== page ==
Teacher creates ‘Wildside’ for students

6th grade teacher David Scharfenberg is the recipient of the 2015 SOLVE Citizenship Award for his outstanding work restoring natural area surrounding the school

David Scharfenberg, the 2015 SOLVE Citizenship Award winner (KOIN 6)
David Scharfenberg, the 2015 SOLVE Citizenship Award winner (KOIN 6)

GRESHAM, Ore. (KOIN) — A Pleasant Valley Elementary School school teacher has been awarded the 2015 SOLVE Citizenship Award.

David Scharfenberg, who has been a SOLVE project leader since 2008, has been partnering with SOLVE to restore the natural area surrounding Pleasant Valley school. He has led 14 different projects with his students and the community.

“I’ve never tackled anything like this before in my life,” the 6th grade teacher says.

It began when the district could no longer afford to send 6th graders to Outdoor School, so Scharfenberg brought Outdoor School to Pleasant Valley Elementary. He calls it The Wildside.

David Scharfenberg, the 2015 SOLVE Citizenship Award winner (KOIN 6)

Over the years, Mr. Scharfenberg’s 6th graders have built a rain garden to prevent rain water from flooding into a nearby creek. They’ve planted an orchard, to grow fruit for the cafeteria.

“Many little hands make light work,” Scharfenberg says.

Across the field, they’ve created a garden specifically for pollinators.

“We’ve noticed an increase in numbers of butterflies, bumble bees, humming birds,” the teacher says.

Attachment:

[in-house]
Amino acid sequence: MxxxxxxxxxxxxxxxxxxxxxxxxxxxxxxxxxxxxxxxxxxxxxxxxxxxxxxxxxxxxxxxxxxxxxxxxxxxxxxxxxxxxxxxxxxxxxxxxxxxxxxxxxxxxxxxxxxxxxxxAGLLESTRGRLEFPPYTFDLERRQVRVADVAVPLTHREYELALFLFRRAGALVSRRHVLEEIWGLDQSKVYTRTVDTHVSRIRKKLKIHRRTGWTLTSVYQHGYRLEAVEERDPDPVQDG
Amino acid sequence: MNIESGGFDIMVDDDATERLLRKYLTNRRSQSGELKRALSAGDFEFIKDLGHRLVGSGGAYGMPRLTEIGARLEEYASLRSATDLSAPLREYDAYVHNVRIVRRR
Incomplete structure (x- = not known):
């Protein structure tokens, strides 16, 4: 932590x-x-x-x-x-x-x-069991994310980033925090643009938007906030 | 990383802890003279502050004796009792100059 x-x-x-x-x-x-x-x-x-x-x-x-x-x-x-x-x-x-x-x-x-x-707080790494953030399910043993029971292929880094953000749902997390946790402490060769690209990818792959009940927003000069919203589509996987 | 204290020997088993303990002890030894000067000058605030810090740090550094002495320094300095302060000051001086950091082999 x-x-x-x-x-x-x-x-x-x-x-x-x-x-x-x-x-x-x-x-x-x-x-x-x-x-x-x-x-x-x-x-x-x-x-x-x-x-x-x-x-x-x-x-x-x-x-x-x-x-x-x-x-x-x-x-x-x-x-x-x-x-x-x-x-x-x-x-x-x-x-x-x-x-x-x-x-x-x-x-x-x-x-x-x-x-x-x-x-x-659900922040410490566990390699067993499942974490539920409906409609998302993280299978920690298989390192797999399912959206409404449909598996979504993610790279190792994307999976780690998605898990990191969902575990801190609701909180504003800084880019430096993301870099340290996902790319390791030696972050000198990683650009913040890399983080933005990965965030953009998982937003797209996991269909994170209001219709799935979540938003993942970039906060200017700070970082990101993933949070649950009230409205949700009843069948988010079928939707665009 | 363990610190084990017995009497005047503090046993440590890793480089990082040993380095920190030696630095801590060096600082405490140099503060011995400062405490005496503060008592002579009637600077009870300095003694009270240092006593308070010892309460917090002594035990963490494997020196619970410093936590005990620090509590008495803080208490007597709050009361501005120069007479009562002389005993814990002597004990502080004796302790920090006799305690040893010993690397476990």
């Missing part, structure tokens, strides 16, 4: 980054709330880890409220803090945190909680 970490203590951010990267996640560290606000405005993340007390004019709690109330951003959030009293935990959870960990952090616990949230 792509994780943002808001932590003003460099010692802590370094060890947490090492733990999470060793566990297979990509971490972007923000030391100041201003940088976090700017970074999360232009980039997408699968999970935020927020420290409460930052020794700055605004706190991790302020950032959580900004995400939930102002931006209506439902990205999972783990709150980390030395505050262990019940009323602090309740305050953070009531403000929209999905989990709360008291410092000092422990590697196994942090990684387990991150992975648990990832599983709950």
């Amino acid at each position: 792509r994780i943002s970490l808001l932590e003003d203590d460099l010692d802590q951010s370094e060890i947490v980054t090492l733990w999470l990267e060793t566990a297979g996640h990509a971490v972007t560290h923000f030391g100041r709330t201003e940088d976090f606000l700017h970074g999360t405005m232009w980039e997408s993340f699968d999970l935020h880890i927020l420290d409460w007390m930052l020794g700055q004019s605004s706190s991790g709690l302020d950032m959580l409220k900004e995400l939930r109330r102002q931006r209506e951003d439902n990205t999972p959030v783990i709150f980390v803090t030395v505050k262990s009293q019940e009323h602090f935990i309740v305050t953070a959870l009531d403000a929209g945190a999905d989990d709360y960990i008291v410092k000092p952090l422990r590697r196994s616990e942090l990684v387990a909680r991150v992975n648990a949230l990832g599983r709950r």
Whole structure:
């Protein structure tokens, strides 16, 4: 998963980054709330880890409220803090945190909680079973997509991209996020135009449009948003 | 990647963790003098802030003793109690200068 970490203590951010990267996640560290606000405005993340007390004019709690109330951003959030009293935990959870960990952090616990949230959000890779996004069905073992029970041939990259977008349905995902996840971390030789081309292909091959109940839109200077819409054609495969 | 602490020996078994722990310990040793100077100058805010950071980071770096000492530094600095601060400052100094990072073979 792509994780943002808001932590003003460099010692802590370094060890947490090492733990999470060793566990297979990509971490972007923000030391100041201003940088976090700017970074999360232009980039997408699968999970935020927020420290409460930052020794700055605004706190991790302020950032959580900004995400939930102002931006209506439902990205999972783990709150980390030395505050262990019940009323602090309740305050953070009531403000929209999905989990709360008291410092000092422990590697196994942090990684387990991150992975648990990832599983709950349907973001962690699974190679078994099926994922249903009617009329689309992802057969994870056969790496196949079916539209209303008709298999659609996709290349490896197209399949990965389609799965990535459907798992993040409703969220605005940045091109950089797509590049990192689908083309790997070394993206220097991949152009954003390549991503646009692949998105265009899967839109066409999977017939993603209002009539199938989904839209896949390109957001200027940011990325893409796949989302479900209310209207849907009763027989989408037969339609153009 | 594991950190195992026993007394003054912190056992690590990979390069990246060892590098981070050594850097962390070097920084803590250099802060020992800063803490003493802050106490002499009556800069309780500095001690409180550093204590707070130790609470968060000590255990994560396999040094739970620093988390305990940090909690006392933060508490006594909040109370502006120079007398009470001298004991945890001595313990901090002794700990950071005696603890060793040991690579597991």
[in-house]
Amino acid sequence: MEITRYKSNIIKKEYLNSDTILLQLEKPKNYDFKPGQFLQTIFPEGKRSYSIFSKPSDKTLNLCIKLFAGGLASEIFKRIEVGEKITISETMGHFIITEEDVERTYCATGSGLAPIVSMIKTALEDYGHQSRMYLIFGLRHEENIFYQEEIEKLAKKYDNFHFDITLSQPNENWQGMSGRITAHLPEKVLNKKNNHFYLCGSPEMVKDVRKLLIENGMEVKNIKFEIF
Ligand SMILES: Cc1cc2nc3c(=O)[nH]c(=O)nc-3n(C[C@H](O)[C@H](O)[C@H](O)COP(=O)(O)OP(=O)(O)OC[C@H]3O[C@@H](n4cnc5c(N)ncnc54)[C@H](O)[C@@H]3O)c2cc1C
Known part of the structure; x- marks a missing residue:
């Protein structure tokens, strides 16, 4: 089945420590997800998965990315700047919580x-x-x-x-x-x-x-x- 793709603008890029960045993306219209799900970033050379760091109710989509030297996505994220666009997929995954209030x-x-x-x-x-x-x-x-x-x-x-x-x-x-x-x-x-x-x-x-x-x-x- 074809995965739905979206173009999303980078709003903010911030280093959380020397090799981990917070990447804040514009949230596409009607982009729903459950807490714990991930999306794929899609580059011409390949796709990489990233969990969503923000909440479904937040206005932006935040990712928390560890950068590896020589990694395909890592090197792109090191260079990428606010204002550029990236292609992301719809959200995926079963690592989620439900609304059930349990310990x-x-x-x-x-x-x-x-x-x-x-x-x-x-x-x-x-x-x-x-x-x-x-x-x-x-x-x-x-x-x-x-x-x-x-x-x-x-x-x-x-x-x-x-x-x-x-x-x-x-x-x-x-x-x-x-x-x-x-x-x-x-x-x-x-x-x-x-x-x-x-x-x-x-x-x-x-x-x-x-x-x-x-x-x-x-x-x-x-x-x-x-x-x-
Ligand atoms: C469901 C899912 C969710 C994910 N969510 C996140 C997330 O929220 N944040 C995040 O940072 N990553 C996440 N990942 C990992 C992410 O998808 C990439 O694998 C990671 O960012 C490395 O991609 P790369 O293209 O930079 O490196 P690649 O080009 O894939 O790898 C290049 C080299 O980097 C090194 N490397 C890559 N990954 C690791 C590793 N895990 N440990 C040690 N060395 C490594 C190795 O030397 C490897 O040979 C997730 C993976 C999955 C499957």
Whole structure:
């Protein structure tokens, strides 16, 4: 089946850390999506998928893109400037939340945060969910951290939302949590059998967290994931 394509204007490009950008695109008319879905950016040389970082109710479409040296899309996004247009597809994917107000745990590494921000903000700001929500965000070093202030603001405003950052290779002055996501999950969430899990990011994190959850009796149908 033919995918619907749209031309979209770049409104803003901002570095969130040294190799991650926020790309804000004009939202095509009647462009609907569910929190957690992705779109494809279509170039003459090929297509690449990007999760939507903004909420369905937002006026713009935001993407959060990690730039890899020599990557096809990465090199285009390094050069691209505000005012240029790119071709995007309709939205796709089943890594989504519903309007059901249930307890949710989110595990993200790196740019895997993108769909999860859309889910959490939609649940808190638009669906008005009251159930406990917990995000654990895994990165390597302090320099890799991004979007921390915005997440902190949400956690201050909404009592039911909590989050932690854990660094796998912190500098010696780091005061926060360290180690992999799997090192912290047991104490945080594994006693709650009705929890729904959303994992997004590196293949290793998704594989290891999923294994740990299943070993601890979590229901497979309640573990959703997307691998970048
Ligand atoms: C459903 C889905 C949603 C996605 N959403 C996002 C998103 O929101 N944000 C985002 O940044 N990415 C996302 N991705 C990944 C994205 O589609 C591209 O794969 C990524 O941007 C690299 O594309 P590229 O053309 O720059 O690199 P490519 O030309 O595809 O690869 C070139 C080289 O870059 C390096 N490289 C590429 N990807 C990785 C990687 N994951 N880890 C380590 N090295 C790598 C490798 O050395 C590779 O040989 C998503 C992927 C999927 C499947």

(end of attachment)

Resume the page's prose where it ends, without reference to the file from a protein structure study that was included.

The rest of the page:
They’ve also planted a forest to shade out invasive blackberries and English ivy.

“I think it’s really special because we all work together and create this beautiful place where we can enjoy nature and help the environment,” says 6th grader Emma Walker.

Scharfenberg wraps math, science, writing and some of life’s most practical lessons into one program. “How can you live in Oregon and not love nature? How can you not appreciate the beauty we’ve got around us?,” he asks.

KOIN only found one student with a minor complaint.

“It’s fun sort of, not with the boys because they get sort of annoying but other than that yeah it’s fun,” says 6th Lydia Nolte.

For Mr. Scharfenberg the biggest challenge isn’t controlling a classroom of 11 and 12-year-olds, it’s figuring out what hes going to do next.

“My number one challenge now is to remember I can only do so much,” says Scharfenberg. “My feeling is the more a student learns to love the beauty of nature, the beauty of what’s around them, they begin to want to protect it, to take care of it.”

For more information on how you can partner with SOLVE to help our environment, head over to the community section.

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